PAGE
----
HC Deb 13 July 1978 vol 953 cc1712-5
5. Mr. Ron Thomas

asked the Secretary of State for Northern Ireland what plans he has to have further talks with the various political groupings in Northern Ireland.

11. Mr. Biggs-Davison

asked the Secretary of State for Northern Ireland whether he will make a statement about the talks between his Department and representatives of political parties.

Mr. Mason

As I told the House on 30th June, I have periodic meetings with local political leaders to exchange views on security policy and on economic problems, as well as to discuss possible constitutional advances.

Mr. Thomas

Does not my right hon. Friend agree that the appalling tragedy of the death of the young boy on Tuesday and the soldier killed by a bomb yesterday are clear indications that these senseless killings will go on until we get a political settlement based on equal human rights? I urge the Minister—because the initiative can come only from him—to do whatever he can to bring about political talks. That is the only way that there is any glimmer of a settlement in this terrible situation.

Mr. Mason

I agree with my hon. Friend. If he follows matters in the Province closely, he will know that I have laid before the political parties in Northern Ireland a five-point plan which indicates how best we can move towards devolved administration based on the principles laid down by this House. That is, that it should be based on partnership and participation. I have taken the initiative and laid the proposals before the political parties. I can only hope that they will now seize upon those proposals, even if it necessitates changing them according to how they would like to see the Province evolve with its regional tier of administration. It is not a hard and fast blueprint that I have laid before them.

Mr. Biggs-Davison

Whatever the truth of the report in The Guardian that a proposal before the national executive committee of the Labour Party for an upper tier of local government had been suppressed, are not the Government and the Opposition now agreed in supporting the enlargement of the responsibilities of local government which, indeed, is a feature of some of our current Northern Ireland legislation? Is not the best line of advance in the sphere of local government?

Mr. Mason

It depends on one's definition of local government. If it is British-style local government being imposed upon the Province of Northern Ireland based on majority rule, I fear that the minority in the Province would reject that sort of approach. Indeed, they might even make sure that it did not work. Therefore, one has to be careful about the definition. If one feels that filling the Macrory gap between district councils and Westminster is a form of local government based on the principles of partner- ship and participation, that sort of regional authority is worth examining.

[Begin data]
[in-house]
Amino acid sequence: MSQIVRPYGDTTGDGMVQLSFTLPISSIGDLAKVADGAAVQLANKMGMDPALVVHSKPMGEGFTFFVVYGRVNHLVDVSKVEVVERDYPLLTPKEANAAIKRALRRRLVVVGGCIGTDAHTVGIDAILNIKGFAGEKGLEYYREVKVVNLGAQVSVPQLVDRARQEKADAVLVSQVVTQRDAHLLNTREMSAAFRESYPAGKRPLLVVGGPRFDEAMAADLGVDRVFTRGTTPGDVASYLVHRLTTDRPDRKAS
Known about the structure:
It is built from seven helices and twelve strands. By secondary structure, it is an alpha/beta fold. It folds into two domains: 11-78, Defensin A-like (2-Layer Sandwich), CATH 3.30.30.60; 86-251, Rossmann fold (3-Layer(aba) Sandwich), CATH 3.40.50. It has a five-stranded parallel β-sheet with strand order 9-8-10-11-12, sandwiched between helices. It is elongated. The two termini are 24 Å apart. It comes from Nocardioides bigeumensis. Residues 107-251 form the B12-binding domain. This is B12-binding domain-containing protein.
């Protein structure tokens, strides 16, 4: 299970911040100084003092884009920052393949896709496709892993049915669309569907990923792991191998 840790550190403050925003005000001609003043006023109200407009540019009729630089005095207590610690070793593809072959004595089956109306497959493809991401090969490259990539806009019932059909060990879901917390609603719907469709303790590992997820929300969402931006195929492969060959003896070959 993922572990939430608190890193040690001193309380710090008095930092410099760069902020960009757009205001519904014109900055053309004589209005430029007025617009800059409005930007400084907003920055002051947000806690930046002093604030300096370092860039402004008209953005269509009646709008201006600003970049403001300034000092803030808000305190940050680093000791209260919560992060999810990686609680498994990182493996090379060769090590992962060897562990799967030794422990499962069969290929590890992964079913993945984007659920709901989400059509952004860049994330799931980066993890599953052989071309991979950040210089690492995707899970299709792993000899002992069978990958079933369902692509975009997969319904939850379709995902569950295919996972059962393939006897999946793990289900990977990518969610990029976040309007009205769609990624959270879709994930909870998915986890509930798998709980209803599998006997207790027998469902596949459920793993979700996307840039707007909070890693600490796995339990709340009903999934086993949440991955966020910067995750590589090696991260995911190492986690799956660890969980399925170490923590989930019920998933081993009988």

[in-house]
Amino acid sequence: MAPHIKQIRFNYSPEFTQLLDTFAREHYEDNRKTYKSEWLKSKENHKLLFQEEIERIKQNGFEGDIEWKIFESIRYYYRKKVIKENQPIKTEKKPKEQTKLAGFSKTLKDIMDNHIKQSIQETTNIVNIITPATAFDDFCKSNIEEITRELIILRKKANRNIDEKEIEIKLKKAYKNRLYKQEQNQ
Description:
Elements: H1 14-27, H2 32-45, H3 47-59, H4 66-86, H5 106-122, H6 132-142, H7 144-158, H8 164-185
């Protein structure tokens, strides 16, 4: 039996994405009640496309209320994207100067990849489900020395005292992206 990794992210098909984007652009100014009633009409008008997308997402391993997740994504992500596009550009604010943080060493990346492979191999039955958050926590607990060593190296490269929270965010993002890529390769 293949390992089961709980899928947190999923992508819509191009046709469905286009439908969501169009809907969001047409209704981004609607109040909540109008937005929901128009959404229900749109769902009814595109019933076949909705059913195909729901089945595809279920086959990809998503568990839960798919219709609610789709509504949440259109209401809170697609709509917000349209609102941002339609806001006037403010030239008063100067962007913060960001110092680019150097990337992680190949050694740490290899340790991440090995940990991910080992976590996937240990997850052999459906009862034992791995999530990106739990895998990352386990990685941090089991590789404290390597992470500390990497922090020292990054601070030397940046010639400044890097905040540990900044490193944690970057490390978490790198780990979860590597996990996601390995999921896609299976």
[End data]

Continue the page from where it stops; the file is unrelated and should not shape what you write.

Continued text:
Mr. Powell

Is the right hon. Gentleman aware that all political groups in the Province which enjoy any substantial electoral support are represented in this House and are, therefore, at all times available for consultation?

Mr. Mason

I suppose that the right hon. Gentleman is placing himself as one of the leaders of one of the parties and he himself would like to have the consultations here as distinct from in the Province. But I try to keep his party as well as the other Ulster parties aware and abreast of my thinking on the future of the Province.

Mr. Fitt

Taking up the statement of my right hon. Friend the Secretary of State that he has had discussions with Northern Ireland political parties on the question of security, may I ask him to make it quite clear to the House that in the discussions with, at least, the SDLP, that party has had no say in security? If it was having discussions on security, it would completely disagree with some aspects of security, particularly that which is contained in the yellow card instructions at present. Is my right hon. Friend aware—[HON. MEMBERS: "Too long.")—that regulation no. 2 on that card states: Never use more force than the minimum necessary to enable you to carry out your duties, and always try to handle the security position by other means rather than using firearms"? In this connection—[HON. MEMBERS: "Too long."]—can my right hon. Friend indicate now what is his opinion of the tragic killing of young John Boyle in Northern Ireland on Tuesday? Does he believe that it is necessary to have an inquiry when the whole community—[Interruption.]

Mr. Speaker

Order. I hope that it will be possible for the hon. Member to raise that matter under another Question. This is a Question relating to the political groupings in Northern Ireland.

Mr. Fitt

I was taking up my right hon. Friend on the question of the security discussions that he has had, Mr. Speaker. I am asking him to make it quite clear that the SDLP does not agree with the yellow card instructions, and it certainly disagrees with the way that these have been interpreted by certain members of the security forces.

Mr. Mason

I am sorry to hear what my hon. Friend says. His question relates more directly to security than to political groupings. However, the yellow card really holds back any member of the security forces from being either impulsive or too hasty in his action—

Mr. Fitt

It did not do so on Tuesday.

Mr. Mason

—but on occasions when a person has a bomb in his hand, or an Armalite rifle, the yellow card will still allow the security forces to shoot. We know that a number have already been killed or seriously maimed because they hesitated for too long.